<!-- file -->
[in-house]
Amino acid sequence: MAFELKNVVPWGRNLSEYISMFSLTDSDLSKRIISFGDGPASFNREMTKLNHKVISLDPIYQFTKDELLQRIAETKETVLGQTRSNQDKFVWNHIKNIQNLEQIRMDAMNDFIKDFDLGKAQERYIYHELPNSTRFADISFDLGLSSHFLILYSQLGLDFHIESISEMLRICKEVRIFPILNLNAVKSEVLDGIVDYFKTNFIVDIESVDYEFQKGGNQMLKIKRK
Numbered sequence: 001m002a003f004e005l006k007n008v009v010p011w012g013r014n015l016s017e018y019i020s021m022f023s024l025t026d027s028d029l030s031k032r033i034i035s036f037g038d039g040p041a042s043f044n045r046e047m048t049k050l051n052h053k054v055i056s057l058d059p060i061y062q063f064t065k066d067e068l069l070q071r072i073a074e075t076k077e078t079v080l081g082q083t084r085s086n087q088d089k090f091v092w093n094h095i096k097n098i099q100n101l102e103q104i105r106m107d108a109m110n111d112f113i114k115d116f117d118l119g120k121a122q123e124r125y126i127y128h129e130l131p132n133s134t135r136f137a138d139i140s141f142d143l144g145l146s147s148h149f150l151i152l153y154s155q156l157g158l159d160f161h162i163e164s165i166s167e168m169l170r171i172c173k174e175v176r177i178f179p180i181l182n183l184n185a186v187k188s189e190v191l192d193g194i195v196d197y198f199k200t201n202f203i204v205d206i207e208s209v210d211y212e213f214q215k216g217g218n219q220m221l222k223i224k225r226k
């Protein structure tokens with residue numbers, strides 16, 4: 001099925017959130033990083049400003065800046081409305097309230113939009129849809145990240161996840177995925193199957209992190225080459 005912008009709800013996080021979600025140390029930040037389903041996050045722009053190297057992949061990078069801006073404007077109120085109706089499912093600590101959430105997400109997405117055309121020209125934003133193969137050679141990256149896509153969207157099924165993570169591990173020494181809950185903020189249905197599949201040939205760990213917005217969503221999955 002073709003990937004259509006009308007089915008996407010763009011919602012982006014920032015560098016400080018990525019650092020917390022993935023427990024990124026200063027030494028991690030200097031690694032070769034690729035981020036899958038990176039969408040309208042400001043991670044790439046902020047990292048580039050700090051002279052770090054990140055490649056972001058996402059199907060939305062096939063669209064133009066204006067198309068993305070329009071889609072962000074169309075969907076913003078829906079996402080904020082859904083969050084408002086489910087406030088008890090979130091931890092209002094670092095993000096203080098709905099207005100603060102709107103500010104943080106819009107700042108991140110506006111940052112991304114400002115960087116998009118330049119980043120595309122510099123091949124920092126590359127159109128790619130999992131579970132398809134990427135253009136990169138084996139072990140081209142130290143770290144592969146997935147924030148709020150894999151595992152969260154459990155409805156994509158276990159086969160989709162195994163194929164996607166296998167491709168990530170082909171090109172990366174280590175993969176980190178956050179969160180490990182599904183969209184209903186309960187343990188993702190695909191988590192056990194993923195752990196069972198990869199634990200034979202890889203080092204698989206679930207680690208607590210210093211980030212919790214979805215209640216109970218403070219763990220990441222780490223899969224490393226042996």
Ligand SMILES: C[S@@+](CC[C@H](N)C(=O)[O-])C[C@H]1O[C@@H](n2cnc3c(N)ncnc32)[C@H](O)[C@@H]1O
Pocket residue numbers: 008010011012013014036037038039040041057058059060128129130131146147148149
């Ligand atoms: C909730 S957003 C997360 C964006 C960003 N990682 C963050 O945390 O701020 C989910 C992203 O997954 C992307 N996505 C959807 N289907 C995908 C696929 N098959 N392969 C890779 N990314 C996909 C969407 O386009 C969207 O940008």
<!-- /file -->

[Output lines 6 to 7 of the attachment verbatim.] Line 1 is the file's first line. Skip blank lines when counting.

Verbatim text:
Pocket residue numbers: 008010011012013014036037038039040041057058059060128129130131146147148149
């Ligand atoms: C909730 S957003 C997360 C964006 C960003 N990682 C963050 O945390 O701020 C989910 C992203 O997954 C992307 N996505 C959807 N289907 C995908 C696929 N098959 N392969 C890779 N990314 C996909 C969407 O386009 C969207 O940008």